Monday, October 1, 2007

October 2007 Posts

6:04 AM 10/1/2007

I am getting a little bit of a late start this morning. I have spent the last hour or two writing two new families that have just been diagnosed with neuroblastoma. To this day, my heart just sinks when I hear of another family stepping into our shoes. It just kills me that we have not come farther and that we aren't closer than we are. When I write to a new family I try to always give them hope. I let them know how lucky we have been and wonderful Sydney is. I feel an immediate kinship to them and I want to help. I want to let them know that they can get through this. I love the opportunity to share and I hate it. I am glad that they have found another family and child that has neuroblastoma. I am glad that I can share our experiences and hopefully bring them some comfort. On the other hand, I hate that I do not have something more to tell them. One day I want to be able to tell the family that calls that it is okay. I want to tell them to take a shiny little pill and it will make their child all better. I want the cure and I want it now. We have got to do better and work faster.

On another note, our weekend was wonderful. We even began the process of potty training Ainsley. She did really well considering. In fact, until late Sunday afternoon she did not even make a mistake. Of course, I had her running to the bathroom about every 20 minutes or so. She never really had the chance to make any failures. Sunday afternoon, however, she had the opportunity to fail really big. By now, you know my (completely rational) fear of human poo, so I know I won't have to go into complete detail. Let's just leave it at this.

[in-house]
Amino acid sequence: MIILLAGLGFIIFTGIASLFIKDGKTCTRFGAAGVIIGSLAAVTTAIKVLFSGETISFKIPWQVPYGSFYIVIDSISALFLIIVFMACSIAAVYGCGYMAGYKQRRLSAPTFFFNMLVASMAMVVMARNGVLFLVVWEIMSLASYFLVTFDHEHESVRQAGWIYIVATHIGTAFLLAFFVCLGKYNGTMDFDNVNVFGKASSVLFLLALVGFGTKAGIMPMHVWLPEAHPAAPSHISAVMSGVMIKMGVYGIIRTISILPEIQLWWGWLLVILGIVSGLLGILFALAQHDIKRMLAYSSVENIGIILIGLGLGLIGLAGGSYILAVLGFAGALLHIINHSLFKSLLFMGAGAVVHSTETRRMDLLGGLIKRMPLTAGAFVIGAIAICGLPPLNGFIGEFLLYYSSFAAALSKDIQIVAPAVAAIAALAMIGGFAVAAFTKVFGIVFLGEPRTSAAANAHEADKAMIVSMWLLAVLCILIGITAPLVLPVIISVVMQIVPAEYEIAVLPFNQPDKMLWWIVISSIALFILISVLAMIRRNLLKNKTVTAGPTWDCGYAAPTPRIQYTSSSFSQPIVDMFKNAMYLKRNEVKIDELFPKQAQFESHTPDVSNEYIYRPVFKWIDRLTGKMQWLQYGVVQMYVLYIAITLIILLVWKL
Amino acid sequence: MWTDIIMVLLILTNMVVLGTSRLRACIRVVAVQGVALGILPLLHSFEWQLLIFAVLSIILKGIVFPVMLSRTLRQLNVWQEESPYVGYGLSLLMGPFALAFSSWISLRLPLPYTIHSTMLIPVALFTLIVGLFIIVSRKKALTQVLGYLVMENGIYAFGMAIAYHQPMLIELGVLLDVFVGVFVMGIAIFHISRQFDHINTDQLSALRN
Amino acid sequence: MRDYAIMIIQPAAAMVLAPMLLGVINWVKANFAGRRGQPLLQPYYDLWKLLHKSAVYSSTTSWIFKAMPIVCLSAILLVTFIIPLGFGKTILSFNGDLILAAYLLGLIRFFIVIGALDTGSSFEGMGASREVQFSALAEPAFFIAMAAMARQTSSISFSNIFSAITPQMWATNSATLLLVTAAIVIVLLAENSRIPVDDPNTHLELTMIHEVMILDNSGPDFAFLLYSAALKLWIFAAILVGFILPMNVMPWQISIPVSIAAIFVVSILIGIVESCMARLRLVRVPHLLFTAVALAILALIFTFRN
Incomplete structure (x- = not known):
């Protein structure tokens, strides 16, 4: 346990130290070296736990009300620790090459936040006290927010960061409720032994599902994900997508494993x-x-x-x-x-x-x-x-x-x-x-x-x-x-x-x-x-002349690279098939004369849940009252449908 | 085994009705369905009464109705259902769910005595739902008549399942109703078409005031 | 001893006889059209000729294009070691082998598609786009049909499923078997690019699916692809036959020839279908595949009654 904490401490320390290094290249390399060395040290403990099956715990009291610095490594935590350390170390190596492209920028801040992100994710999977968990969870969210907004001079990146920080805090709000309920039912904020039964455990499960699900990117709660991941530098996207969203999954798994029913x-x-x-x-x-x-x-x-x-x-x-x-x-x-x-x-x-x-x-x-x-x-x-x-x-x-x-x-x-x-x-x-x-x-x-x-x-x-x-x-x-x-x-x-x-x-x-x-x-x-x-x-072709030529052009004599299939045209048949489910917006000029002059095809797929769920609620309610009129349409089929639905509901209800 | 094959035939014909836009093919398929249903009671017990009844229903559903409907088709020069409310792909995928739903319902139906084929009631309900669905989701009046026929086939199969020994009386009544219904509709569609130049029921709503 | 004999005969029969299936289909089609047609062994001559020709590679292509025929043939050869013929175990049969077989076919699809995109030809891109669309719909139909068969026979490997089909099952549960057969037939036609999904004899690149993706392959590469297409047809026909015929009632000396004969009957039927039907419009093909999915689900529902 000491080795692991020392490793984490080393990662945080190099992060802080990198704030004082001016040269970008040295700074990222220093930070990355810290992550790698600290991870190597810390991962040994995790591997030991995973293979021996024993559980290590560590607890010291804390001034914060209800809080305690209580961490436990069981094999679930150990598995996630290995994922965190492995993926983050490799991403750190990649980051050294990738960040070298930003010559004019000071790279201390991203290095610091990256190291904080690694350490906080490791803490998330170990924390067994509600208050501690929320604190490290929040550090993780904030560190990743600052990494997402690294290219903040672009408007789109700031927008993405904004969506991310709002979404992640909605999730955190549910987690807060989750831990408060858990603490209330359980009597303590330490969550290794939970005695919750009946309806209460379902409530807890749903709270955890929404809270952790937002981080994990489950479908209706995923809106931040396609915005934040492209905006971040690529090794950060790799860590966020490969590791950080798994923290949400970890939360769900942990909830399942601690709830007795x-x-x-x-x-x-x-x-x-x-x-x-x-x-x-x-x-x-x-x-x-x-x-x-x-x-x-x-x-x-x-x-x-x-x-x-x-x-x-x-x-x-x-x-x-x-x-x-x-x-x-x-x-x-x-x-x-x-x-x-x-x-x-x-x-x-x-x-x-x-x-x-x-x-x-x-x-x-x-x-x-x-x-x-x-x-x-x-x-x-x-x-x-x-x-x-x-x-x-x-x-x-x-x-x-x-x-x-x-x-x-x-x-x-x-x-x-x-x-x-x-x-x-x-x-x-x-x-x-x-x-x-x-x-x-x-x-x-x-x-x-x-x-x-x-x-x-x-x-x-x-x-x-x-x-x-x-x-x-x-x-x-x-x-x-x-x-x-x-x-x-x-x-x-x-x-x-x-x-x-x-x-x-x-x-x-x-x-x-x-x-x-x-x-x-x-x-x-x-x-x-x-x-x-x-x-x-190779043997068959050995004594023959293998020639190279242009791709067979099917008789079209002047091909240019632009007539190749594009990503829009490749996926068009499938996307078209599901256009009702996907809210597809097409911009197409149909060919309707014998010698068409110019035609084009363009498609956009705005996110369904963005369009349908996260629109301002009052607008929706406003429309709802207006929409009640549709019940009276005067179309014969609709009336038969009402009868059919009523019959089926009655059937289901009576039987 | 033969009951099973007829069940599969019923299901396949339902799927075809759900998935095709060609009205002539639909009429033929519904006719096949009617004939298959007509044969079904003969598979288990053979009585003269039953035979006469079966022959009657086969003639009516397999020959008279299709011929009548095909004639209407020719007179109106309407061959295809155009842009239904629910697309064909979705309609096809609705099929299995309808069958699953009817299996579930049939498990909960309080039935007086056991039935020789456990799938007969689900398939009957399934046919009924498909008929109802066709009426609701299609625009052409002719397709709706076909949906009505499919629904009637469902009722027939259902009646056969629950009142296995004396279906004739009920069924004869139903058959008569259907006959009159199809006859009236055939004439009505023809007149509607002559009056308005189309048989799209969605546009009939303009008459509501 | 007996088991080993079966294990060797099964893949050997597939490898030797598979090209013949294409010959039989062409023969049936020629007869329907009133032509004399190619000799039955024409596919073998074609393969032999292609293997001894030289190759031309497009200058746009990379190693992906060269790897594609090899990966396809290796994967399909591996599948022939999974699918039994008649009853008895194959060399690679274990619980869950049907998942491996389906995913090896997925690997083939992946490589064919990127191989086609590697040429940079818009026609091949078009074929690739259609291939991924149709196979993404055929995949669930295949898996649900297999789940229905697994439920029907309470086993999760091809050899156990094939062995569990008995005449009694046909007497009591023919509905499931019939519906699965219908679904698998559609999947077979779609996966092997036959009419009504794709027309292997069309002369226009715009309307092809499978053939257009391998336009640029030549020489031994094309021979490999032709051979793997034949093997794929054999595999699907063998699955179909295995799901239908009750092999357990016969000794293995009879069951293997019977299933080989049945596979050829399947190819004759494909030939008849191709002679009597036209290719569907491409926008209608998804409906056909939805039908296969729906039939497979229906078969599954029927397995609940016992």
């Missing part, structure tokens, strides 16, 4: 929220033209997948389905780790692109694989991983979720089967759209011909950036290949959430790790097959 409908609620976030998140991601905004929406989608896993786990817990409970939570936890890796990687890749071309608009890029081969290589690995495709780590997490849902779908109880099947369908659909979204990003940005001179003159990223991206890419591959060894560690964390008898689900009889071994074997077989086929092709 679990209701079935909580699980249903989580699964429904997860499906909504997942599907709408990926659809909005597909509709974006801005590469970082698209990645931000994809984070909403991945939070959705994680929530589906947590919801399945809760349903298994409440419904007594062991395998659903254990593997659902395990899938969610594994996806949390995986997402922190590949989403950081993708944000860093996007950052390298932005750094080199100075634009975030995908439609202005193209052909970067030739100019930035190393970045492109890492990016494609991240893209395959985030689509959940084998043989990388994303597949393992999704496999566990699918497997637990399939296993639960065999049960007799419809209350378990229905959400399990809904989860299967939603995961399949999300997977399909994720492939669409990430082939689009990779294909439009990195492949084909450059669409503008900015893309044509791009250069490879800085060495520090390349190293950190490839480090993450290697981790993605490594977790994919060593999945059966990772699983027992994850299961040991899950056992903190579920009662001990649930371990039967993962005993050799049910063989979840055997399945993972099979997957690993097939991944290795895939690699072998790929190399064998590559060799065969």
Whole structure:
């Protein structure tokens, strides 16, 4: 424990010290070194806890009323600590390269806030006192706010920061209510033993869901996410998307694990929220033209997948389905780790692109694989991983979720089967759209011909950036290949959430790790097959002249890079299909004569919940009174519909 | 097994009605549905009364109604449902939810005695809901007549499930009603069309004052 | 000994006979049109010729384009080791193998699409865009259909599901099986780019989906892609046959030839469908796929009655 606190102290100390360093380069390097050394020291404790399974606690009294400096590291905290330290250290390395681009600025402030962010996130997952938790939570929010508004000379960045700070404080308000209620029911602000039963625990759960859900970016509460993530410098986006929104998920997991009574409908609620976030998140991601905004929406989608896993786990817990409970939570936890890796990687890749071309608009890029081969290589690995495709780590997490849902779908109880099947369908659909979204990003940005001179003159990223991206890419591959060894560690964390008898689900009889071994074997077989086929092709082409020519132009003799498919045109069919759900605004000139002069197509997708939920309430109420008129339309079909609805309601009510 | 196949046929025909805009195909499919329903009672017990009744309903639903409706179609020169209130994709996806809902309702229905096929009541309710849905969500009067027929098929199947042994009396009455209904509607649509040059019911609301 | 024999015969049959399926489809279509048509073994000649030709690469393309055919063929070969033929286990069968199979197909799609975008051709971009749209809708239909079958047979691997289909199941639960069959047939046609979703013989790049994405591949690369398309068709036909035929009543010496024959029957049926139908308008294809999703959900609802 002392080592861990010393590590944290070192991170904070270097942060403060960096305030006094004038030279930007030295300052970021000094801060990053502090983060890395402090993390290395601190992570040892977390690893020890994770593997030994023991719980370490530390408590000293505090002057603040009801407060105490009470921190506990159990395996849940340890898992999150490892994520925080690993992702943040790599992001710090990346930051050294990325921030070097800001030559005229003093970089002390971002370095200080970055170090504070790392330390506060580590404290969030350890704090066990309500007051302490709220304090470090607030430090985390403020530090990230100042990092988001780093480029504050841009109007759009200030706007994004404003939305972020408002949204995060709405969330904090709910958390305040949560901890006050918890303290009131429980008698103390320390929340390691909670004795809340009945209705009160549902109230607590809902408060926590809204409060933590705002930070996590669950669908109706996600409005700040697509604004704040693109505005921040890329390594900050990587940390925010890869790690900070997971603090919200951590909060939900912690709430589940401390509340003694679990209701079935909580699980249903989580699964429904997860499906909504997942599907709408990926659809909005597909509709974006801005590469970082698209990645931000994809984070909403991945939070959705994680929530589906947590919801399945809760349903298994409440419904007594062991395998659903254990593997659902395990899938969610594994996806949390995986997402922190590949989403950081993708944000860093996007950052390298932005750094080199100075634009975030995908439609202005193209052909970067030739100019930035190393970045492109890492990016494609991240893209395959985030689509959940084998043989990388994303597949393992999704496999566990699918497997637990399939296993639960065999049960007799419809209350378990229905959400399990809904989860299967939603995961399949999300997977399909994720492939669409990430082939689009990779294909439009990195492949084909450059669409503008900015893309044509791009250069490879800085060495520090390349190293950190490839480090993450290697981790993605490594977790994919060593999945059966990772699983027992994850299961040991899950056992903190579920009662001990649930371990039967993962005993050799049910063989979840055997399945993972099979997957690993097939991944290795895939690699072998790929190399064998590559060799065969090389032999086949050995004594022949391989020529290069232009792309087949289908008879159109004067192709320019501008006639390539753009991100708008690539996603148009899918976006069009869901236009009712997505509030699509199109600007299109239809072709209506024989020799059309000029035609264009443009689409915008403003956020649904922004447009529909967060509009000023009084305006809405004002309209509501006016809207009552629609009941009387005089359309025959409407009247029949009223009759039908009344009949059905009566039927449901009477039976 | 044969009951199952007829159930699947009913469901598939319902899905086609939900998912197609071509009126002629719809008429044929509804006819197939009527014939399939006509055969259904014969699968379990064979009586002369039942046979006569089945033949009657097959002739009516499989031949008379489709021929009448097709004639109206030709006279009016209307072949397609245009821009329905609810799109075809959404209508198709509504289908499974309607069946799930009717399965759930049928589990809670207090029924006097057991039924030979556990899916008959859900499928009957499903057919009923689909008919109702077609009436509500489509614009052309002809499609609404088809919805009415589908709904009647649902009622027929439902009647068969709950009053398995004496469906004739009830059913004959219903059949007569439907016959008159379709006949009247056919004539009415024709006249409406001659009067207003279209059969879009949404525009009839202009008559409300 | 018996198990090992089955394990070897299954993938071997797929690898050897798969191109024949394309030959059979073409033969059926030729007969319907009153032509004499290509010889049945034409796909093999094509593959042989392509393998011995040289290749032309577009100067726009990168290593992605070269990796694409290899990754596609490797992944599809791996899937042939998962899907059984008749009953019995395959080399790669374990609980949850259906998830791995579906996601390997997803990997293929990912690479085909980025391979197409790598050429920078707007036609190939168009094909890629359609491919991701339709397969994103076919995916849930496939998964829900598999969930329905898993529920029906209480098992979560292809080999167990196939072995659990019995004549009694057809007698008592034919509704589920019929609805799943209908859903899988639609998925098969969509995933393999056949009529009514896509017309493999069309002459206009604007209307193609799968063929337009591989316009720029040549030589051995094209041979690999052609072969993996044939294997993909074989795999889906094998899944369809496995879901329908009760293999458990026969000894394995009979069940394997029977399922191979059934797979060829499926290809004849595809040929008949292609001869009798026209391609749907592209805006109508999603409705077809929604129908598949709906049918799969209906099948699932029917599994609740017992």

She was in the kitchen and she looked like she need to go to the restroom. I asked her if she wanted to go to the potty. She nodded 'yes' pulled down her pants and her underwear and made a beeline for the bathroom. Yes, I know that sounds strange. She hasn't actually learned that you can wait until you make it to the bathroom to take off your pants. She thinks that the moment the thought of the bathroom comes to mind you need to strip down right there and then to make a beeline to the potty. Apparently, it is a trained behavior not to strip and run. Regardless, she was off to do her business. I ran into the other room to check on something and the next thing I knew I heard Lynley screaming. There had been a snafu. Apparently Ainsley had already gone number two before we had suggested that it might be a good idea to go to the bathroom. Sure enough, there was a load in her underwear and just like Hansel and Gretel she had left us a little trail all of the way to the bathroom. I can only assume that she had wanted to remember where she had left her pants. By the time I made it to the bathroom I found her wiping - wiping poo all over the toiled seat, handle, and anything she could get near. It did not smell good. In fact, I don't really have anything more to say about that.

In the end, I am not so sure Ainsley is ready for potty training. I don't know whether she has made the connection. Don't get me wrong, she loves going to the potty just like a big girl. I just don't know if she completely gets the whole cause and effect. She knows she is supposed to go potty in the toilet but I don't think she has attached the sensation of the urge to go to the potty with actually going to the restroom. It is an interesting conundrum. One that I will be so thankful once we have figured it out.

Human Poo is still kryptonite to SuperDad.

Purpose, give me strength.

6:09 AM 10/2/2007

Good Morning! You know, one of the signs of being a human being is that you are able to walk upright. I am happy - no proud - to say that it seems that all of my children have met that criteria. Going along with this same line of thinking, I would also surmise that a second criteria of being a human being would be that you would not smear poo on the back of the bathroom door. I mean, that is common sense really. This is something that distinguishes us from chimpanzees, right? Well, unfortunately, it seems that I am in fact a parent of two human beings and one very icky monkey. I don't know of any other way to put it really. Enough said.